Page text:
Hedreich Nichols

Implicit Bias, Childhood ‘Othering’ and Mass Shootings

What do you think when you see a “big Black guy’? Do you immediately feel a sense of danger? When you see Hispanic Americans, do you immediately think they are ‘bad actors’? And what about White people? Do you think of them as racist and uncaring, or maybe just top of the food chain? Depending on who you are, any of these messages could have been a part of your upbringing. The way those messages stealthily inform our interactions is called implicit bias. It’s what we think about others when we aren’t thinking about what we think about others. Tall blondes, jocks, men in suits; those are also groups of people we often have preconceived notions about. Preconceived notions could keep the tall blonde and the athlete out of AP classes, it could give the man in a suit access to privileges that may or may not be earned.

How is VIolence Connected to Implicit Bias

Preconceived notions got Ralph Yarl, a Black teenager, shot by an 85 year old who feared for his life “because of the boy’s size”. It should be noted that the boy was neither tall nor particularly large in stature. Yarl was at the wrong house to pick up his siblings and posed no threat. Still, he was shot in the head through a locked glass door. And then shot again.

This is what implicit bias does. It makes us react to threats that don’t exist. It’s the reason why Blacks die in traffic stops at a disproportionate rate. It’s the reason George Floyd died–the officer said he was a big guy and they had to control him. It’s the reason people with accents are assumed less academically able and the reason Helen Keller was assumed to be “dumb”.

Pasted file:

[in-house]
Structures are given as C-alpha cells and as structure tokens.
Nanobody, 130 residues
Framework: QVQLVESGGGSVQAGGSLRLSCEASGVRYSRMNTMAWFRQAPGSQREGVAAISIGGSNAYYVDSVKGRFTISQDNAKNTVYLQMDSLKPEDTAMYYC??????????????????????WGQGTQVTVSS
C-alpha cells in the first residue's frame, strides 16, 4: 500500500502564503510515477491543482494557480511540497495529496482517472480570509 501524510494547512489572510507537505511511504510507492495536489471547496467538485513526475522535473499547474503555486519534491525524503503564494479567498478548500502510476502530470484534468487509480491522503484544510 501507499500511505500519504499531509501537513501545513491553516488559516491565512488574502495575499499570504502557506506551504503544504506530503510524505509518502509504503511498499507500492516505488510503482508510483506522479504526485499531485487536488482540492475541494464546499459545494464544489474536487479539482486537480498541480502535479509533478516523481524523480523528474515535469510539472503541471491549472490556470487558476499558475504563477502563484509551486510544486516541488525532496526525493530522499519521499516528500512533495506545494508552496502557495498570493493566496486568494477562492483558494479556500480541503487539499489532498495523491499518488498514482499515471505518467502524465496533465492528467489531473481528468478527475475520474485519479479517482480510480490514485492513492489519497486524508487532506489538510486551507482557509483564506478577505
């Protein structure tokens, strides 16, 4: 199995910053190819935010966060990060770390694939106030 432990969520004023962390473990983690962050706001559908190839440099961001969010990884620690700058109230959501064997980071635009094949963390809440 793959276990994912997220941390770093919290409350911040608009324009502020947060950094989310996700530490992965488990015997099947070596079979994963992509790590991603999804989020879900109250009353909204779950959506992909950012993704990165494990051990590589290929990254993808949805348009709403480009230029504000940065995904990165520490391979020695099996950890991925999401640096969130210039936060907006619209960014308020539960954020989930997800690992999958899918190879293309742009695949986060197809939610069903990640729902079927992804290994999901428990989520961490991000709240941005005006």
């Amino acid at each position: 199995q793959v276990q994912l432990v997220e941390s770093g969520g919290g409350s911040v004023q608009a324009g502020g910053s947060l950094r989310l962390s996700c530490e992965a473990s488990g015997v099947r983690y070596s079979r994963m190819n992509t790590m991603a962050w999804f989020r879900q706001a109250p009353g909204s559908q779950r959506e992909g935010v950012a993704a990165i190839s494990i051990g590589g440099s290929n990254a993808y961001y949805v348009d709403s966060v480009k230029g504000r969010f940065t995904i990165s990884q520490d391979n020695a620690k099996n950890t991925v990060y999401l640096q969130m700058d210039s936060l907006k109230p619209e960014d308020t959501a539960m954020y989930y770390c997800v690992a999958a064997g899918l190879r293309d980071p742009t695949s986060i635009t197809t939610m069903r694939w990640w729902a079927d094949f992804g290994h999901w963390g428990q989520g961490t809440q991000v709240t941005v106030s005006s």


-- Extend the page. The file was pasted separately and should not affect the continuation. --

What do you think about others when you’re not consciously aware of what you are thinking? What ideas do you have about social, cultural or religious groups that may prevent you reacting to people from those groups unfettered by preconceived notions? Here are 20 pages of Finding Your Blind Spots that will help you identify some of your own biases. Within those pages are also a few action steps.

Ralph Yarl could have been my son. Thankfully, he is still alive. But he won’t be the last victim of implicit bias. What can you do? How can you help? Reflect, act. Reflect for all the kids that experience a more dangerous reality because of bias. Act because the world needs us to be better humans.